that guy replying to a comment from jack / August 7, 2009 at 03:02 pm
did it taste different because of that ?
these people cook food, they are not in the marketing business

you just screwed up basic english sentence structure in all of your posts, yet your message got across

you want real japanese go to tokyo grill, great little place
just so happens it doesn't do japanese food as well as these koreans do it
Jane / August 7, 2009 at 03:35 pm
I just went last week and had the Sho-yu ramen. I picked out the fish cake, but slurped down the rest with the Gyozas in no time flat. Delish. I was, however, jealous of my friend's order of the Orochong Ramen. It was pretty spicy, but very appealing to the eye, and was chock full o' veg and ground pork. Definitely going back.

And, I have to agree with the above posters ... who gives a crap where the people are from? They make good food. Period. Yeesh.
Stu replying to a comment from jack / August 7, 2009 at 04:03 pm
Funny how people have a certain EXPECTATION of the people working at a restuarant. Do you give a speaking and an ethnic test at an italian restaurant or a greek restaurant. Should we now put ethnicity on job applications to cook and serve food? Does it make the food better?

matts / August 7, 2009 at 04:06 pm
Jack, your eloquence is stunning. Your argument is unshakable. You are 8 years old, right?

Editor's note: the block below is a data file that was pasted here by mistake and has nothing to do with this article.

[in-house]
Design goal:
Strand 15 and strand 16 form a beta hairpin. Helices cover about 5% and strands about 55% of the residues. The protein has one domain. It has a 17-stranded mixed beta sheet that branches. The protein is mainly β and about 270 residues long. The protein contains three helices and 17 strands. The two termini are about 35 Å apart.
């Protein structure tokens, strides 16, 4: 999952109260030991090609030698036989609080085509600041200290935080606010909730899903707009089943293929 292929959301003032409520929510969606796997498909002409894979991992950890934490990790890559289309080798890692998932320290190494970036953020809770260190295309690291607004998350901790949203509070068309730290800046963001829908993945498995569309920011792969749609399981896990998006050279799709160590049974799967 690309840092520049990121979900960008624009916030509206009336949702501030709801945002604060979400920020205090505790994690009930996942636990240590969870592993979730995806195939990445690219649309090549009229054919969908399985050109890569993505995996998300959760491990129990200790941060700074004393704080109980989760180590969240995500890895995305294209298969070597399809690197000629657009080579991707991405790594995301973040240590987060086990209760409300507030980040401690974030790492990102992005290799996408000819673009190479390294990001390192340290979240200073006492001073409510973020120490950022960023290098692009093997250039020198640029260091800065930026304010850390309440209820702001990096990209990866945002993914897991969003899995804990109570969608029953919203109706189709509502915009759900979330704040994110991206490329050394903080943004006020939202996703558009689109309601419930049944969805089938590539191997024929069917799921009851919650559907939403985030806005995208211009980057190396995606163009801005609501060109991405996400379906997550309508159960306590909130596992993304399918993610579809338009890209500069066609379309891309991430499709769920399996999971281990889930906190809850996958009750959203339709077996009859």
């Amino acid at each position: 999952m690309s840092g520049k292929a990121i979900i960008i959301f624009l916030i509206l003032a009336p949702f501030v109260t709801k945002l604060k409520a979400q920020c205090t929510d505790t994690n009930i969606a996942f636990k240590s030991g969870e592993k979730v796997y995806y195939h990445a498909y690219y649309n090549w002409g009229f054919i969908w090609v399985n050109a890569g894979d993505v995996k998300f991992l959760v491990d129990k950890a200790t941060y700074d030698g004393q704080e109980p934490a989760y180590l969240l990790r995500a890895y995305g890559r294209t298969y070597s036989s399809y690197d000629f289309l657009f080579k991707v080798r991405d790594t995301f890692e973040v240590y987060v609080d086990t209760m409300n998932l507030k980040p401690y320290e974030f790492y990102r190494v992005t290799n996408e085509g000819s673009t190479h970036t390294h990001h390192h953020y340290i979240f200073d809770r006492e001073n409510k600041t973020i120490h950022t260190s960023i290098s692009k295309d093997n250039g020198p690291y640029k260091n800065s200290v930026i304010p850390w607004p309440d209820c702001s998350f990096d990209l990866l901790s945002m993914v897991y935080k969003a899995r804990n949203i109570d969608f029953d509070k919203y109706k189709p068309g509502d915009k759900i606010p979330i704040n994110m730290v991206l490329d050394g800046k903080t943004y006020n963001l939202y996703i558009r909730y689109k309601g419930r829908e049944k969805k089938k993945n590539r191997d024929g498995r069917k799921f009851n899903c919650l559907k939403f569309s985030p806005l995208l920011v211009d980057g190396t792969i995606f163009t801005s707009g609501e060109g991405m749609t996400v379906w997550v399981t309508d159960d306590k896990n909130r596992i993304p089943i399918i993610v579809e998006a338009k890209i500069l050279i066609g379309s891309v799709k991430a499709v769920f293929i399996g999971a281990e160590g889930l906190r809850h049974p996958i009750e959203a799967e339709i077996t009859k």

Maria replying to a comment from Ryan / August 7, 2009 at 04:09 pm
Thanks. I don't know what the problem is with "N", can't even write his/her real name, but jumps in and insults people.
chenyip replying to a comment from jack / August 7, 2009 at 04:18 pm
What retarded logic.

Then by that accord, Nota Bene is crap because of David Lee (Chinese), Momofuku Noodle Bar sucks because of David Chang (Korean), and Per Se couldn't hold a candle to French cuisine because of Keller (American).

jack replying to a comment from that guy / August 7, 2009 at 04:23 pm
ok.. i have generated enough traffic for Tim on this posting..
Gabe replying to a comment from jack / August 7, 2009 at 04:26 pm
Its only 29 comments you can do better than that....
Timothy replying to a comment from Jack / August 7, 2009 at 05:53 pm
"in fact, I was trying to speak japanese to them last week, and they don't know any.. they ended up speaking to me either in mandarin or korean.. it's kind of stupid"
"i think it is stupid.. it is stupid.. esp they screwed up a basic hiragana, it's stupid 'cause I asked them to say one of the noodles dish in Japanese, and they didn't know how to say it.."

I figured this out guys. Jack is an adolescent, but definitely Japanese. In Japan some people do look down on Koreans and Chinese, so I suppose this is just him being elitist. Sadly to the point where he tests the waitresses here to see if they are reproducing his culture properly. Man that is too much.
ykcir / August 7, 2009 at 07:14 pm
It's just ok. Probably about as good as you'll get next to the real deal in Osaka or Tokyo. You know it's really good when you keep wanting more and more. Didn't get that here. Noodles were a bit over cooked.
Ajisen may be slightly better, depending on your preferences.
Richard S / August 7, 2009 at 10:55 pm
They better offer take out :D
b29 replying to a comment from jack / August 8, 2009 at 03:35 am
you're all wrong! it should be ラーメン in katakana!